If you have ever been in Barcelona on the 11th September you’ll have seen more people than usual on the street, Catalan flags hanging from balconies and windows and concerts and plenty of animation to enjoy the day. If you’re still not quite sure what all this is about, here’s a guide to the 11th September, Catalan National Day.
The 11th September is the Catalan National Day and is also a holiday in the whole of Catalonia. It actually commemorates a defeat: the date the of Barcelona’s downfall in hands of the Borbonic troops after a 14 month siege in 1714 during the Succession War. This violent defeat is of such importance for Barcelona and the rest of Catalonia because the new king punished its opponents (most of Catalonia fought for Austrian candidate to the throne Charles of Austria) by approving a decree that abolished all of the Catalan institutions and destroyed a whole neighborhood in Barcelona to build one of Europe’s best fortresses at the time.
It is officially commemorated in many ways, especially in Barcelona, remembering the victims that fell and fought for their city during the siege with a flower offering at the Fossar de les Moreres (el Born), where they were buried. Another figure that is also remembered is Rafael Casanova, the mayor of Barcelona during the time of the siege and one of the people who resisted till the end. A flower offering is also placed by public institutions on this day.
The 11th also marks the day of demonstrations, during the years there has been many in favor for Catalan independence or for the right to vote. This year, the citizen organization ANC has organized a demonstration that will fill Gran Vía and Diagonal of people asking for the right to have a referendum.
This year is also special as 2014 marks 300 years of Barcelona’s downfall. During this past year there have been many homages to remember this year such as special sculptures in the streets of Barcelona, special acts across Catalonia remembering the Succession War and the reopening of the Mercat del Born, where we can see what was left of the neighborhood the Borbonic troops destroyed back in 1714.
As it is the Tri-centenary, there are many activities to do in Barcelona to celebrate, learn and enjoy the “Diada”.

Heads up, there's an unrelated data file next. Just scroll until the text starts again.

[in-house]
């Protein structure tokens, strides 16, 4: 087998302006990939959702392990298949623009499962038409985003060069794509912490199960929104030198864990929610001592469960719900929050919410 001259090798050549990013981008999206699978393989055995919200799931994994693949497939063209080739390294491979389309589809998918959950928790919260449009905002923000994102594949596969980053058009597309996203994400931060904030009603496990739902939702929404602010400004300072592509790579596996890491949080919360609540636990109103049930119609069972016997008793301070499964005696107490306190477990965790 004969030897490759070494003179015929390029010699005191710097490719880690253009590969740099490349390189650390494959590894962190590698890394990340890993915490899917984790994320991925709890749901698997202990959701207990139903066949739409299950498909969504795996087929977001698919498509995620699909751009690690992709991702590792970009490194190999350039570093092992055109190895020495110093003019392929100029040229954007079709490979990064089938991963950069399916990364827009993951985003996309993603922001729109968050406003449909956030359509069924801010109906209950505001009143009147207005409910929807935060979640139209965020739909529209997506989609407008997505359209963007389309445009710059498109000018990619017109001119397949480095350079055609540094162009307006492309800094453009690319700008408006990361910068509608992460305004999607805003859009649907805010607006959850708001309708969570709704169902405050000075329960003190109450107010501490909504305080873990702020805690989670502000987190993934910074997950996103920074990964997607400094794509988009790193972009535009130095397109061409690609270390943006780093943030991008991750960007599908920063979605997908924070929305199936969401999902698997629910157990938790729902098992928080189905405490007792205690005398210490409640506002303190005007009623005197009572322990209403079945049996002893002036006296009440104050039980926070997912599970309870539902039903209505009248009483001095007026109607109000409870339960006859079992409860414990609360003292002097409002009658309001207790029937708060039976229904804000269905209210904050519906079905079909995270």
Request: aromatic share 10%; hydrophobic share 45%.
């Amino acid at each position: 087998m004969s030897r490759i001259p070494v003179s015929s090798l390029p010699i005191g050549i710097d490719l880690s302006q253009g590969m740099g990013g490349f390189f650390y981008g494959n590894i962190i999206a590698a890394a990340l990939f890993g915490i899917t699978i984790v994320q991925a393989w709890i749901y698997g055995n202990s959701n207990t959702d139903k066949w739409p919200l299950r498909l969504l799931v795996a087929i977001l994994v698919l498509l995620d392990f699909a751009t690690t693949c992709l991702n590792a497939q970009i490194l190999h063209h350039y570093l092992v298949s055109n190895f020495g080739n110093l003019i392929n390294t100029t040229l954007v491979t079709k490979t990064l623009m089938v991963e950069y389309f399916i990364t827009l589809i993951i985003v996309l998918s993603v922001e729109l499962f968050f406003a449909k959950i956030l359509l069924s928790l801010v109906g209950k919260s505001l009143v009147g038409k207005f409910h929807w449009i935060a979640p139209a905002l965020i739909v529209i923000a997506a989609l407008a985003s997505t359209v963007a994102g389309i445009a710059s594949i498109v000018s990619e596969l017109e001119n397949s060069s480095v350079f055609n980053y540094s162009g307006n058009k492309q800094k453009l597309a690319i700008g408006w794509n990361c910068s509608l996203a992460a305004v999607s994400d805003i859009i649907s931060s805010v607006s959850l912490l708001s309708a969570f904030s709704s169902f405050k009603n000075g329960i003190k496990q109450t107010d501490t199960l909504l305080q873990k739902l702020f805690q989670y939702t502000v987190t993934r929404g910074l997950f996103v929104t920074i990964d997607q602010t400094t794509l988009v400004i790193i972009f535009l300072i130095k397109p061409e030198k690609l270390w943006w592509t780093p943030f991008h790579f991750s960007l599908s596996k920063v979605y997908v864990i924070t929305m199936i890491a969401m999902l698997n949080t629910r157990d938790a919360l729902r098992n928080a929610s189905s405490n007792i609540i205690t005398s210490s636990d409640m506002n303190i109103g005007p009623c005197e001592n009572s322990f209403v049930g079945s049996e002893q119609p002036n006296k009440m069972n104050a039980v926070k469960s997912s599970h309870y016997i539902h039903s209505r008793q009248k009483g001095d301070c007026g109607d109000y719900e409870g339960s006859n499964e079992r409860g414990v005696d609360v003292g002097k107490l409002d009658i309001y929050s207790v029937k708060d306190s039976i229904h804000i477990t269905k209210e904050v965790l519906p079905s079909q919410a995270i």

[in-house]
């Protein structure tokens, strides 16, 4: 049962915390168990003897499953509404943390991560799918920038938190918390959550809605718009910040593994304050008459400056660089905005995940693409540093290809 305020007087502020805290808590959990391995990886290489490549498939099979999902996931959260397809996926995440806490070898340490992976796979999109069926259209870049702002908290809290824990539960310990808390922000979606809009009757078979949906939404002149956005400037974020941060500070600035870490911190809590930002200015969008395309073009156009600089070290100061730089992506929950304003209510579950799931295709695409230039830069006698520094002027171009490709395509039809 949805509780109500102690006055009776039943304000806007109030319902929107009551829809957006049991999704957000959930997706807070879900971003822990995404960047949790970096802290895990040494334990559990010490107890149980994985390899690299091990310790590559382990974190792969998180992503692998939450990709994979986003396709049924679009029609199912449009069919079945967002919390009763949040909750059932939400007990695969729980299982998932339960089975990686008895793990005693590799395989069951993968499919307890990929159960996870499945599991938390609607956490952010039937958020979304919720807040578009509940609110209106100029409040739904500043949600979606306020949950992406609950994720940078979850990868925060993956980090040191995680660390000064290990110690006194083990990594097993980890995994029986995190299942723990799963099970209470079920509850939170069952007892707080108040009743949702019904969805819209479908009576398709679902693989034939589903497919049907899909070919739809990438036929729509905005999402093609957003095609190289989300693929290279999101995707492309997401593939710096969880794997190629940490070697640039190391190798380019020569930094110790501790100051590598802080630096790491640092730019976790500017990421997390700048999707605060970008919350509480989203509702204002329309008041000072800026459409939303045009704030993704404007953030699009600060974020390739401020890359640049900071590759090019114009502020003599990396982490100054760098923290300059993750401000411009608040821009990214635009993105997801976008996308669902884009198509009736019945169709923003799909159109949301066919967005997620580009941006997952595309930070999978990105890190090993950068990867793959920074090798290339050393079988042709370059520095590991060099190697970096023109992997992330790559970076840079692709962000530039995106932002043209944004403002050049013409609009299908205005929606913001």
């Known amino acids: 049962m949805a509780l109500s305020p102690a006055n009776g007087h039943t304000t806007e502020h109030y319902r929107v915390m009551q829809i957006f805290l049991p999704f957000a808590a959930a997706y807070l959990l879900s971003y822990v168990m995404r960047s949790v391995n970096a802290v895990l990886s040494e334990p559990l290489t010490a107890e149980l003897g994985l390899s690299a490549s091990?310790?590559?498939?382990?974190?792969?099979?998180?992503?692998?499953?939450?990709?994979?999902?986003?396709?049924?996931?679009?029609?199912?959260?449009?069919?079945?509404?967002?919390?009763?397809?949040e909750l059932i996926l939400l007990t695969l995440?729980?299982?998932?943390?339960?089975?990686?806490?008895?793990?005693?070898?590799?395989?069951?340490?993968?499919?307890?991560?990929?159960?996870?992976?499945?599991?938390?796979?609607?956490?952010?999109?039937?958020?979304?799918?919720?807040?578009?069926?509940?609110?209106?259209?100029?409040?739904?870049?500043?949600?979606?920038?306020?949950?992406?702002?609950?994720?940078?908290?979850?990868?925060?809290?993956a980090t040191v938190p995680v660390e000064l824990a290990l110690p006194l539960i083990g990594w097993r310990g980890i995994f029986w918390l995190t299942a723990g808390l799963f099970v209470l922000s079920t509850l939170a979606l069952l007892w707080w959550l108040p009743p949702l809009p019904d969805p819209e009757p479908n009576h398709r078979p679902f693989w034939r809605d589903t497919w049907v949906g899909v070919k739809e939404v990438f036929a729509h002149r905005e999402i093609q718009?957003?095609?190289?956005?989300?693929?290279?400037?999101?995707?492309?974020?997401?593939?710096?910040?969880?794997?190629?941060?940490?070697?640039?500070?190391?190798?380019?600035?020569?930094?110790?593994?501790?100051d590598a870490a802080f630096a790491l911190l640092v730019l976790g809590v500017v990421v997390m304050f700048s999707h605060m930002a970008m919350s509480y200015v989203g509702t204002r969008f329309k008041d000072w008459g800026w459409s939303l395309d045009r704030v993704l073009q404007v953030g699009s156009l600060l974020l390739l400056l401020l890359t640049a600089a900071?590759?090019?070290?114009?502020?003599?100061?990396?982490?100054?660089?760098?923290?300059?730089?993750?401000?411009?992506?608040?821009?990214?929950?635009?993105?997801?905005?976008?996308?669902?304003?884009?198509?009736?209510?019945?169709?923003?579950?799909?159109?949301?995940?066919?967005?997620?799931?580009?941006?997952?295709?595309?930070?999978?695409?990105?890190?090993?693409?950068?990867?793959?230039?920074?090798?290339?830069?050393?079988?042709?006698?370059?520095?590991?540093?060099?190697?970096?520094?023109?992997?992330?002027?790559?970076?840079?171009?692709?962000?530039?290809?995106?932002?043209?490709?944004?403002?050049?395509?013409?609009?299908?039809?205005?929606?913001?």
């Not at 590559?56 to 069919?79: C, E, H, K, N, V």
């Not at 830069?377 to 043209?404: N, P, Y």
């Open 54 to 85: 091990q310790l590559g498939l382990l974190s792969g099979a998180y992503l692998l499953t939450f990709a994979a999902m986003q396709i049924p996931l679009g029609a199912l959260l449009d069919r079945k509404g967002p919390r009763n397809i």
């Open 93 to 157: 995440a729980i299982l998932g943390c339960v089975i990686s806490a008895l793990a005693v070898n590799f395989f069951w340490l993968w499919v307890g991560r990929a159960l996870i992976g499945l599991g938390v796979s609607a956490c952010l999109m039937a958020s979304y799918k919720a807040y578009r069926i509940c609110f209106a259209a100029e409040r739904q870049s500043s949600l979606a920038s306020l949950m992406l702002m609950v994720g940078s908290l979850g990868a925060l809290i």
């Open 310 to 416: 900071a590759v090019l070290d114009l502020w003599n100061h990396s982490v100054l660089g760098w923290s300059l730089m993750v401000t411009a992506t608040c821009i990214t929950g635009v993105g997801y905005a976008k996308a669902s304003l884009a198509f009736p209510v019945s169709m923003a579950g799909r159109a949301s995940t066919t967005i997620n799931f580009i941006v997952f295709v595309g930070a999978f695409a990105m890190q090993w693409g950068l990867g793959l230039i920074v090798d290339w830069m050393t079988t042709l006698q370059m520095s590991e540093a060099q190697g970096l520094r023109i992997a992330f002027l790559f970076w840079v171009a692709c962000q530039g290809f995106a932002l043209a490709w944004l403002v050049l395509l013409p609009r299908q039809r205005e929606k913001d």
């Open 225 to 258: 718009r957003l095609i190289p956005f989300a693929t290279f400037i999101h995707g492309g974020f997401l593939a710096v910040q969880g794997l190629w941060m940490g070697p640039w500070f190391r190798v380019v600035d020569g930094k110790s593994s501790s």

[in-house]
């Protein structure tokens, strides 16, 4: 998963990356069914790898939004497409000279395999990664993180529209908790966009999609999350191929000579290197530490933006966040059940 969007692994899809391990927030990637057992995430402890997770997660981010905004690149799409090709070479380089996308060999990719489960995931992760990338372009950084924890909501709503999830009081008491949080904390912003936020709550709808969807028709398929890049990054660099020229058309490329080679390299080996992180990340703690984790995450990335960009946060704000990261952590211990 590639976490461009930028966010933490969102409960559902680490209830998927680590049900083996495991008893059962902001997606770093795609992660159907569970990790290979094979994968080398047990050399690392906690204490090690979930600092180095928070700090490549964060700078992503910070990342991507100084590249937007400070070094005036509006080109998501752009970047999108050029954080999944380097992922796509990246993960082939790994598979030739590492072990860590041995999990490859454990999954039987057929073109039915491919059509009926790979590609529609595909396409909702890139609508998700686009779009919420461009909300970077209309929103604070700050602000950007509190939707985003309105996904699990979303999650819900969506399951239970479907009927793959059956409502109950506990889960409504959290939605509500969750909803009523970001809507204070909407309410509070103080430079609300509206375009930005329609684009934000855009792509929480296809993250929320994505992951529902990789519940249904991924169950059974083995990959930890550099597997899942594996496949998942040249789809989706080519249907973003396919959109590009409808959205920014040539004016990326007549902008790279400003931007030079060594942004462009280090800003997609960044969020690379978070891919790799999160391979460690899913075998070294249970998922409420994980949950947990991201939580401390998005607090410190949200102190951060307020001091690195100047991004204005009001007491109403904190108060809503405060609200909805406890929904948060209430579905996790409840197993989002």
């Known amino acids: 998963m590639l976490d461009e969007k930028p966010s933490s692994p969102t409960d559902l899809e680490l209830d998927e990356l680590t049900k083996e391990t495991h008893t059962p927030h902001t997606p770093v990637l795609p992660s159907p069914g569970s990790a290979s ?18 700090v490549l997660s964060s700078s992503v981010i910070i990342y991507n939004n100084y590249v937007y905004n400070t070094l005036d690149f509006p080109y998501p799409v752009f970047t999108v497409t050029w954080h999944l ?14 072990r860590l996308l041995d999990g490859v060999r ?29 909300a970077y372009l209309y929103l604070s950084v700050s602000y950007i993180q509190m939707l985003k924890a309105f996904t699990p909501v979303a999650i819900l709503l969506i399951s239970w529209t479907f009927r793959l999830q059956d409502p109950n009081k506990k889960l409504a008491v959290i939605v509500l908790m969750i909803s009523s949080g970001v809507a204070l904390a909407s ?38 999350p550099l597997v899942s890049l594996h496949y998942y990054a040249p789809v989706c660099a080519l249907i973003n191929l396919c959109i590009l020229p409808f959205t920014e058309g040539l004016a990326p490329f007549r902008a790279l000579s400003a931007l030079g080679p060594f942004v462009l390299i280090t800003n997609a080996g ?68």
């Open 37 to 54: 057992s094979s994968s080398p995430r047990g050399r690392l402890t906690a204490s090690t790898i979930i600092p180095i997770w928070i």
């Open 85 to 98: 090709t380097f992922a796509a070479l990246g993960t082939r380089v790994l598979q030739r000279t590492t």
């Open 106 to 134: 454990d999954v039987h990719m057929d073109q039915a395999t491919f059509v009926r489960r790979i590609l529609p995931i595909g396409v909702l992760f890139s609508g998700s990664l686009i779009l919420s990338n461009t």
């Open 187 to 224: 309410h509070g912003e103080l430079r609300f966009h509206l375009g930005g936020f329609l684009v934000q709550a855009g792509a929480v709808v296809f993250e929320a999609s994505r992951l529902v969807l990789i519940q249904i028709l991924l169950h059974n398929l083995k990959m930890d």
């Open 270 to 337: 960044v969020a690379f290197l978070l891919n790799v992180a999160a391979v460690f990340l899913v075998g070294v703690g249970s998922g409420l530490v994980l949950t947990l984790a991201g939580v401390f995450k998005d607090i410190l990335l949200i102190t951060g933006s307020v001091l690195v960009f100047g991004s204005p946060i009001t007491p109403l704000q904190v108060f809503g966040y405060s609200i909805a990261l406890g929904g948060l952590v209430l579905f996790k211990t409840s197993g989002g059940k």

Prepare for the Nit Blanca, a night full of street shows and folkloric music will fill different spaces of Barcelona. At 22h, in the Ciutadella Park you’ll be able to see “La ira dels peixos” play, which has been the opening act for this year’s street theatre festival “Fira de Tàrrega”. You’ll also be able to see Sardanas, the Catalan typical dance in Plaça Sant Jaume; watch flamenco dancer Alba Carmona on the rooftop of the Museum of Catalan History; or admire vertical dancers along the streets.
On the actual national day you can go up to Plaça Sant Jaume and discover the catalan government building, Palau de la Generalitat, which will be open to the public for the day so everyone can discover this historical building. You can also visit the Born market to see the remains of the Barcelona that disappeared exactly 300 years ago and learn a bit of history.
In the afternoon it’s time for the demonstration. If you’re not up for huge masses of people it’s best to avoid Diagonal and Gran Vía streets, but if you’re curious to see a two street mosaic of the Catalan flag forming a giant V or would like to take part, people will start heading for the streets from about 15.30h and will finish shortly after 18.00h. Catalan authorities would like to warn people who need to move in/out of Barcelona this afternoon (especially if going to the airport) to do so before 2 PM to avoid getting trapped amids all the traffic as there will be road restrictions due to the demonstration.
At dusk, Arc de Triomf fills with people, stalls and concerts, another way to mix in with locals and to grasp the vibe of the Catalan national day.